Doctor holding healthcare and medical data paperwork

What Healthcare Professionals Can Learn From the Latest Meta Scandal

With the revelation in June that social media giant Meta has been scraping sensitive information, including medical data from hospital websites, a microscope has again been turned on the security of data in the healthcare industry.

Because of the Health Insurance Portability and Accountability Act (HIPAA), healthcare companies have more responsibilities to protect customer data and inform people when data breaches occur compared with other industries.

This could be part of the reason why healthcare is typically overrepresented in statistics on cybercrime, with the Internet Crime Complaint Center (IC3) observing that healthcare reported 23% of all complaints in 2021, the highest percentage of any industry. Healthcare is also particularly vulnerable for a number of other reasons, including the combination of physical and digital data and the higher resale value of stolen medical data.

Data leaks in healthcare have risen by 84% in the last 4 years and healthcare firms spend around $1 million per year per firm on data breaches. Many healthcare professionals will have robust security processes in place but issues like the Meta scandal emphasize the importance of regular and consistent data security awareness.

How to prevent loss of hard data

Physical data like paper records is typically more vulnerable than digital data as security is not as advanced and it’s less likely to be backed up. While physical data is less common today, ensuring your paper records are secure is still essential.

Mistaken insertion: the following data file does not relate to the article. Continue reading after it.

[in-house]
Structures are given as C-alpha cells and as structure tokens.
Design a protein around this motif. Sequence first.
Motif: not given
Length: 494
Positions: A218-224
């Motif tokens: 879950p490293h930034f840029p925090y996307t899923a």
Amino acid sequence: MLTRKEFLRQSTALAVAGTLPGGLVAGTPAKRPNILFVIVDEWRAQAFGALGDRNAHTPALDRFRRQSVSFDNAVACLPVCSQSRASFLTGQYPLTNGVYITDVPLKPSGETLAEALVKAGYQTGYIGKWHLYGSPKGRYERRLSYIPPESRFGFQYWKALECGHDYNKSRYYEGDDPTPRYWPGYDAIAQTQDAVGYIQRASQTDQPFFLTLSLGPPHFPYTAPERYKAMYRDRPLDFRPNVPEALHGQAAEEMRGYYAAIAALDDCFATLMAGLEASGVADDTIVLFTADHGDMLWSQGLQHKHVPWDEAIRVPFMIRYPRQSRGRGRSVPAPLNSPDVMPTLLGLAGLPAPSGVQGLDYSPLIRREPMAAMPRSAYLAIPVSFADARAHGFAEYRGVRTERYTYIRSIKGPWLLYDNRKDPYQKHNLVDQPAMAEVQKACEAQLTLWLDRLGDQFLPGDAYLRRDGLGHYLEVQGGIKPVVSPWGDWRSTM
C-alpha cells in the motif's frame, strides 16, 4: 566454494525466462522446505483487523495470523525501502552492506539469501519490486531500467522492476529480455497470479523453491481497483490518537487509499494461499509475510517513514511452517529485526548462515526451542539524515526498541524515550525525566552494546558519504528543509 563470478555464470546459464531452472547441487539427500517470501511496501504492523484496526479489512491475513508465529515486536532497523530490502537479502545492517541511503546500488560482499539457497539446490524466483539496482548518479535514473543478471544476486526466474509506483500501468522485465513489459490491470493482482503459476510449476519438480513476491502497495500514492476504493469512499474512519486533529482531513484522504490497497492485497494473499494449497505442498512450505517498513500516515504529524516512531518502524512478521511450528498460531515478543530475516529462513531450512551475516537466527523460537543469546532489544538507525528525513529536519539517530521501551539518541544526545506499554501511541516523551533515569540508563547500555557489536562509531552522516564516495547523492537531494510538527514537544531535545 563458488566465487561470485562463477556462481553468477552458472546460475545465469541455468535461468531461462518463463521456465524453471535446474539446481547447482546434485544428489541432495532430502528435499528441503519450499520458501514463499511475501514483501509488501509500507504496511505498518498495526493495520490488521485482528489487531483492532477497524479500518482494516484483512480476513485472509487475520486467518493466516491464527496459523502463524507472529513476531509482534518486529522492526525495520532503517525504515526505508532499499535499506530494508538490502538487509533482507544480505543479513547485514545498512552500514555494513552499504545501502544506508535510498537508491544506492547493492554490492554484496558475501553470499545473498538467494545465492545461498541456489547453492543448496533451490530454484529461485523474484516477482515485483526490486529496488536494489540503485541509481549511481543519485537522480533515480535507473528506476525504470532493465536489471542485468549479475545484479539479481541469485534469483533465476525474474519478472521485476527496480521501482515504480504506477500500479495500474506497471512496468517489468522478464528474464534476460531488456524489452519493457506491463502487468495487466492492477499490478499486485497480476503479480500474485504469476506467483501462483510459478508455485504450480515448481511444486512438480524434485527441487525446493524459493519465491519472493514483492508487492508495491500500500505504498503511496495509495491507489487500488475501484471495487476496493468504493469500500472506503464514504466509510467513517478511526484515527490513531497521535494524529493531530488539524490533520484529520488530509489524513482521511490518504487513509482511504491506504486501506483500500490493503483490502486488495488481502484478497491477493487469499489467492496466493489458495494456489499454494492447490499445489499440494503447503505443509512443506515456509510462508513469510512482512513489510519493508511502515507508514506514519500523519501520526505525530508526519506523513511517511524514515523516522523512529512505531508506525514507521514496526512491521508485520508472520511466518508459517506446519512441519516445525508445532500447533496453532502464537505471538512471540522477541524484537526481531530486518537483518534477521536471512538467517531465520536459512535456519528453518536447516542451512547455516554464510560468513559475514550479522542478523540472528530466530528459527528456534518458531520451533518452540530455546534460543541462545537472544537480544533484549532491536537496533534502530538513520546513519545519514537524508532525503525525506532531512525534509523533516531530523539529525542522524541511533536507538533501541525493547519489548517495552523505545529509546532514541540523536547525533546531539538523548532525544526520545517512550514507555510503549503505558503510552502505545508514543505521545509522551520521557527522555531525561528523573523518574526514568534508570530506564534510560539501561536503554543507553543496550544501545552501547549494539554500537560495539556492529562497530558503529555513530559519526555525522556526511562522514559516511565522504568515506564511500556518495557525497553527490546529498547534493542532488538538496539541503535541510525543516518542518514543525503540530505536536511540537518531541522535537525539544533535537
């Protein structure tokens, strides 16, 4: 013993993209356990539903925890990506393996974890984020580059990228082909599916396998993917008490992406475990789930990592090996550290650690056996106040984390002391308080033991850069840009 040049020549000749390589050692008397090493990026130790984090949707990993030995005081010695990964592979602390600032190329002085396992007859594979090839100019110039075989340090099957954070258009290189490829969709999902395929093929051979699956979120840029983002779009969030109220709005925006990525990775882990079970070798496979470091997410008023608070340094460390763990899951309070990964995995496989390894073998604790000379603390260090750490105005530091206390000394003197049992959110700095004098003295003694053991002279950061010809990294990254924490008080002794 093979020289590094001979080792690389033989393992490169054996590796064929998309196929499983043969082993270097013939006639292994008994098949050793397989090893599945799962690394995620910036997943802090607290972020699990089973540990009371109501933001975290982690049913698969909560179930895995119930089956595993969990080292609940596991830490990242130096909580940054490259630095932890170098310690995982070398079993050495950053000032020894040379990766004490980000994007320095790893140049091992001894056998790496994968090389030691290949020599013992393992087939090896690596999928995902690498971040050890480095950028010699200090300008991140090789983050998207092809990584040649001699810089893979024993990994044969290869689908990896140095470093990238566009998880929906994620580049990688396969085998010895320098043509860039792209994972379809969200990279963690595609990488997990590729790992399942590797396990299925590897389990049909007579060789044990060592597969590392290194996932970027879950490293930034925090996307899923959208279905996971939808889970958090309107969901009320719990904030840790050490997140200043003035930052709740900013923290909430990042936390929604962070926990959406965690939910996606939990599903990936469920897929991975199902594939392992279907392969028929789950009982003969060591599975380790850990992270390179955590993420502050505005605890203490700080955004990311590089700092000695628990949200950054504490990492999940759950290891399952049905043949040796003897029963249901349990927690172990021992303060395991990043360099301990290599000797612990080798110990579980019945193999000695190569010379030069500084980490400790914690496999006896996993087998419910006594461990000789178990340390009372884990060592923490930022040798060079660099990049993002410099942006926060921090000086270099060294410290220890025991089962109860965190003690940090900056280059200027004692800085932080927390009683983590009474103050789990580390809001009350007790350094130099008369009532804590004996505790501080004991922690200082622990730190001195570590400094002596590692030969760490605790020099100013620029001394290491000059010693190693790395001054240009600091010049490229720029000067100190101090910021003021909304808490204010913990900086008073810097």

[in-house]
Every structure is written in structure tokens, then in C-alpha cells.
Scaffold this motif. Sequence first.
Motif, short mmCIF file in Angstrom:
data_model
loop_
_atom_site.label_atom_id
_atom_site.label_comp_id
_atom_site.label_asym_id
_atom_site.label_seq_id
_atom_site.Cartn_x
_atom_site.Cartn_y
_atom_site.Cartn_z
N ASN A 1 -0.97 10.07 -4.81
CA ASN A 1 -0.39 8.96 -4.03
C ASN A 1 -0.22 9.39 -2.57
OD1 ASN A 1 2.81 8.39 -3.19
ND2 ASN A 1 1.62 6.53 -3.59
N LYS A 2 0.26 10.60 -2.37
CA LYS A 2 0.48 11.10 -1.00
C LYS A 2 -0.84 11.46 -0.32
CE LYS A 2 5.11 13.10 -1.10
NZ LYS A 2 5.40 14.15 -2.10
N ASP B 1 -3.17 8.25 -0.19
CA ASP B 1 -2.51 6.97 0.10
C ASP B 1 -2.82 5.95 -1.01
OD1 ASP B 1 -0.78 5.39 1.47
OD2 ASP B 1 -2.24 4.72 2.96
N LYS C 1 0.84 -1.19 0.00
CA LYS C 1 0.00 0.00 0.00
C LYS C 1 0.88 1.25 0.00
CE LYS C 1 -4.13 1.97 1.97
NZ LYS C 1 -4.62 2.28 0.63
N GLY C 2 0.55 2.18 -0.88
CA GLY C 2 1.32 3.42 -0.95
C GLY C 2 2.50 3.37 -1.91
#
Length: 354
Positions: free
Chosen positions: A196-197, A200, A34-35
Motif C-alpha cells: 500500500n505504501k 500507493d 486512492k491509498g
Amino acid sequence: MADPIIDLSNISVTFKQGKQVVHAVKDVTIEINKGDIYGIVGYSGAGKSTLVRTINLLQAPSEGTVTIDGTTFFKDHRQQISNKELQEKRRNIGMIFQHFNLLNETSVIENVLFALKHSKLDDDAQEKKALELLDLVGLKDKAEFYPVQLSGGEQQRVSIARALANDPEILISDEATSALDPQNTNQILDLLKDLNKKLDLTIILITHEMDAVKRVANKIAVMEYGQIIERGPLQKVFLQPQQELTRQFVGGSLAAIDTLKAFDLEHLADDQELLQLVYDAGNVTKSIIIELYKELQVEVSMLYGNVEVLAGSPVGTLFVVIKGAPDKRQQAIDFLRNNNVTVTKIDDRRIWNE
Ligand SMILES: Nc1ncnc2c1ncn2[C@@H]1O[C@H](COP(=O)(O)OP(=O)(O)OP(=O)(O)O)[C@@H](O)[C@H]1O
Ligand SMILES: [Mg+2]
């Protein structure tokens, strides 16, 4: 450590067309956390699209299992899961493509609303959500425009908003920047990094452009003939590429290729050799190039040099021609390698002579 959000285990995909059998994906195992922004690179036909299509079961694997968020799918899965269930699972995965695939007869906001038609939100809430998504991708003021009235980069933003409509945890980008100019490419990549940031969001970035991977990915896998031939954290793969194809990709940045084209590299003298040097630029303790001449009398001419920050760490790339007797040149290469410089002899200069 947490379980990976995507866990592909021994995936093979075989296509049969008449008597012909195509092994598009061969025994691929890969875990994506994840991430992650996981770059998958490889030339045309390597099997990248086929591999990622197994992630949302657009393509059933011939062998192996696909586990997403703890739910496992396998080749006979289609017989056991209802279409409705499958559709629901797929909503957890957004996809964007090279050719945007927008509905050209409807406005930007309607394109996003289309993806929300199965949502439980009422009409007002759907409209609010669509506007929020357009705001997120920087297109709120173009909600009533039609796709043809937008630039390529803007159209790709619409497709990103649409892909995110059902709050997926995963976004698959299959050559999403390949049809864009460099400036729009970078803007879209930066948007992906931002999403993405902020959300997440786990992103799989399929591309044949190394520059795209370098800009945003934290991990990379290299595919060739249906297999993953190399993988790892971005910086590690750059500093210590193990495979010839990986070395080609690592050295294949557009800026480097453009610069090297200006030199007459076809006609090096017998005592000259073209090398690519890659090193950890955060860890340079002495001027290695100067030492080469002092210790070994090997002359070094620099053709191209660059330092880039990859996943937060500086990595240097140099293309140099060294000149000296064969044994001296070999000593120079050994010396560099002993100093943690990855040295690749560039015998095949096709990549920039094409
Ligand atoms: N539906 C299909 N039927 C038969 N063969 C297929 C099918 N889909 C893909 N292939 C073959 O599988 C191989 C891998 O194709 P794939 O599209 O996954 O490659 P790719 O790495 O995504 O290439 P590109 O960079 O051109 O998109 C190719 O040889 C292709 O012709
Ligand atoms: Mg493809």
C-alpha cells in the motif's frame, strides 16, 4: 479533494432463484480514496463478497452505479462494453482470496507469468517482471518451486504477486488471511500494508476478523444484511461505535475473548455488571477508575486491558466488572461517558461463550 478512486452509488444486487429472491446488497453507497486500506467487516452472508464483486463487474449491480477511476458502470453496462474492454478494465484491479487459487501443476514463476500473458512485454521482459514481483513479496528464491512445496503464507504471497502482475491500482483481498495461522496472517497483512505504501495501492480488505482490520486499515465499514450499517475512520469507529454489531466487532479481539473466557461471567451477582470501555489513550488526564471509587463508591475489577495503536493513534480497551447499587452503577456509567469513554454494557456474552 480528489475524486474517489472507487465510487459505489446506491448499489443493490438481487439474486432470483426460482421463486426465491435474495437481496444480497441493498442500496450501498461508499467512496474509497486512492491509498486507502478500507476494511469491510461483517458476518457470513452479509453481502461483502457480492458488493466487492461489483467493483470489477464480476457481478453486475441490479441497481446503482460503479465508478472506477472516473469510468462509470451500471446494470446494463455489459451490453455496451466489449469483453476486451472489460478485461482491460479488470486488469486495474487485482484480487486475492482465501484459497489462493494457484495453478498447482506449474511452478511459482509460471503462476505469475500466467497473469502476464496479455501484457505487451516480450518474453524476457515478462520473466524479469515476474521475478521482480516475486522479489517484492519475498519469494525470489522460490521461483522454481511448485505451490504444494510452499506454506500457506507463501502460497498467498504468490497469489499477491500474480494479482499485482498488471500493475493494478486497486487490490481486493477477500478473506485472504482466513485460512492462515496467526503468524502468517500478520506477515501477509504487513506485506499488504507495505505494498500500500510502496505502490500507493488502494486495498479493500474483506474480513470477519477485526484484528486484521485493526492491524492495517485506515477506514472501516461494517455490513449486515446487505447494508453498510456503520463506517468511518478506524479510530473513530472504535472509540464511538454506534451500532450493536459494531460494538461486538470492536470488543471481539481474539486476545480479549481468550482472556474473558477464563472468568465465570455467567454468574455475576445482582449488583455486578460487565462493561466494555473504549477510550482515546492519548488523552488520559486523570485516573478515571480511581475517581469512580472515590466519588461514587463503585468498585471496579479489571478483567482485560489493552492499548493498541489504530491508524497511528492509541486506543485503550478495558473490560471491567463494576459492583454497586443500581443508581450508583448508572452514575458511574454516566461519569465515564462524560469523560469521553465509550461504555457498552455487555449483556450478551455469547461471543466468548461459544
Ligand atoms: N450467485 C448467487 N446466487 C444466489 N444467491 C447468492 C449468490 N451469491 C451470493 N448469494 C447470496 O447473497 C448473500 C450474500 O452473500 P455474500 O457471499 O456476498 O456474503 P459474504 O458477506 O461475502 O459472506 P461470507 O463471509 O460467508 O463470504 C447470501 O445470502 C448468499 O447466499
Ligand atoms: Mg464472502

●     Have a compliant storage timeline

HIPAA requires medical companies to store medical records for six years from the time they were created or from when they were last used. This means you’ll need to ensure the secure storage of data for six years and have practices in place to destroy data once this time has been reached. If your organization is unable to digitize records, ensuring staff understand the correct admin processes to mark and update expiry information on physical records is essential.

●     Avoid human error

Human error is the most common cause of data misuse and the best way to keep this to a minimum is through regular training and awareness. The data security landscape is constantly changing so anybody interacting with sensitive information should be receiving consistent training in how to store and destroy data properly.

●     Create back-ups

Digital back-ups are a useful way of ensuring that nothing is lost when physical data is stolen which can help maintain trust from your patients even in the face of a data breach. However, keeping back-ups all in one place can pose a threat from cybercriminals, so you may want to discuss with cybersecurity experts on the best way to diversify your back-ups.

●     Follow proper data destruction process

There are two data destruction processes that are typically used in a medical setting. You can choose to use a locked shredder bin which is then transferred to an industrial shredding machine where paper is destroyed and baled, making it easier for recycling. This option helps your practice save money and improves recycling rates.

Alternatively, you can use a decentralized shredding solution where every office that needs a shredder has one. This approach means sensitive information is destroyed as soon as it’s no longer needed and is typically more secure.

How to prevent cyber attacks and data leaks

Each HIPAA violation can cost between $100 and $50,000/per patient record for healthcare providers who have not put strong security measures in place, highlighting why it’s so vital that all medical professionals have strong security awareness.

There were almost 150 reported data breaches from healthcare companies in 2021. Follow these steps to ensure digital data is as secure as possible.

●     Avoid human error